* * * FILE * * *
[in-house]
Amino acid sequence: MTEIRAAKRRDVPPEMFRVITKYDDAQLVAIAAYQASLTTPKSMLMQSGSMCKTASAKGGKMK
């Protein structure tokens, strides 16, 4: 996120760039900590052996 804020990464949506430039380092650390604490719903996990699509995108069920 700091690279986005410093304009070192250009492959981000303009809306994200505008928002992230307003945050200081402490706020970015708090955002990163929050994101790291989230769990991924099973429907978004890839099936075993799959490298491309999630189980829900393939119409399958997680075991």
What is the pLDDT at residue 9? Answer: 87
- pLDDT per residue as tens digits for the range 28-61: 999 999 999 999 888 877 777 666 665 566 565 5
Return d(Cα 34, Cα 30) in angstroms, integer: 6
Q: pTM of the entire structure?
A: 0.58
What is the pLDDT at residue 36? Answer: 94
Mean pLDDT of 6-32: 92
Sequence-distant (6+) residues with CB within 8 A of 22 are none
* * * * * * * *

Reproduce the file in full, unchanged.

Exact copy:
[in-house]
Amino acid sequence: MTEIRAAKRRDVPPEMFRVITKYDDAQLVAIAAYQASLTTPKSMLMQSGSMCKTASAKGGKMK
């Protein structure tokens, strides 16, 4: 996120760039900590052996 804020990464949506430039380092650390604490719903996990699509995108069920 700091690279986005410093304009070192250009492959981000303009809306994200505008928002992230307003945050200081402490706020970015708090955002990163929050994101790291989230769990991924099973429907978004890839099936075993799959490298491309999630189980829900393939119409399958997680075991």
What is the pLDDT at residue 9? Answer: 87
- pLDDT per residue as tens digits for the range 28-61: 999 999 999 999 888 877 777 666 665 566 565 5
Return d(Cα 34, Cα 30) in angstroms, integer: 6
Q: pTM of the entire structure?
A: 0.58
What is the pLDDT at residue 36? Answer: 94
Mean pLDDT of 6-32: 92
Sequence-distant (6+) residues with CB within 8 A of 22 are none